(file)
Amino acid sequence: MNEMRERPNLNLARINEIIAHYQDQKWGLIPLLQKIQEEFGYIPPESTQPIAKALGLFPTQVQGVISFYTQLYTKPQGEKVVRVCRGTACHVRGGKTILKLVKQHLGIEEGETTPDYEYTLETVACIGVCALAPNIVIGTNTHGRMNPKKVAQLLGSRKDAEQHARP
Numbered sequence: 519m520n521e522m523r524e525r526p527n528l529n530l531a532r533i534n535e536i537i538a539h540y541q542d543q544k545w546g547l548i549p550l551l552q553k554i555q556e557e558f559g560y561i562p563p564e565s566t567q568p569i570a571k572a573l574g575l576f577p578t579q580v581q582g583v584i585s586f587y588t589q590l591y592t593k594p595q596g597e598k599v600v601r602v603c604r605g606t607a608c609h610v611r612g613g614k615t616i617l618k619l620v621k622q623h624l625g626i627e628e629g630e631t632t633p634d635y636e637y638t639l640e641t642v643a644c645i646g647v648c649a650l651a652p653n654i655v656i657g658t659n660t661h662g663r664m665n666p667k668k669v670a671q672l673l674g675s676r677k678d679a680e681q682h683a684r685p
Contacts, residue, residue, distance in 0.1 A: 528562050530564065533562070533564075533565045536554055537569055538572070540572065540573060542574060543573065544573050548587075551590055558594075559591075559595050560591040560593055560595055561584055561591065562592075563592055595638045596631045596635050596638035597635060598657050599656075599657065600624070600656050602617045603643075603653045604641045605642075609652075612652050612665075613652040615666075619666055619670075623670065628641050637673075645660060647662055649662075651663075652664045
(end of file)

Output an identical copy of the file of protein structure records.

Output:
Amino acid sequence: MNEMRERPNLNLARINEIIAHYQDQKWGLIPLLQKIQEEFGYIPPESTQPIAKALGLFPTQVQGVISFYTQLYTKPQGEKVVRVCRGTACHVRGGKTILKLVKQHLGIEEGETTPDYEYTLETVACIGVCALAPNIVIGTNTHGRMNPKKVAQLLGSRKDAEQHARP
Numbered sequence: 519m520n521e522m523r524e525r526p527n528l529n530l531a532r533i534n535e536i537i538a539h540y541q542d543q544k545w546g547l548i549p550l551l552q553k554i555q556e557e558f559g560y561i562p563p564e565s566t567q568p569i570a571k572a573l574g575l576f577p578t579q580v581q582g583v584i585s586f587y588t589q590l591y592t593k594p595q596g597e598k599v600v601r602v603c604r605g606t607a608c609h610v611r612g613g614k615t616i617l618k619l620v621k622q623h624l625g626i627e628e629g630e631t632t633p634d635y636e637y638t639l640e641t642v643a644c645i646g647v648c649a650l651a652p653n654i655v656i657g658t659n660t661h662g663r664m665n666p667k668k669v670a671q672l673l674g675s676r677k678d679a680e681q682h683a684r685p
Contacts, residue, residue, distance in 0.1 A: 528562050530564065533562070533564075533565045536554055537569055538572070540572065540573060542574060543573065544573050548587075551590055558594075559591075559595050560591040560593055560595055561584055561591065562592075563592055595638045596631045596635050596638035597635060598657050599656075599657065600624070600656050602617045603643075603653045604641045605642075609652075612652050612665075613652040615666075619666055619670075623670065628641050637673075645660060647662055649662075651663075652664045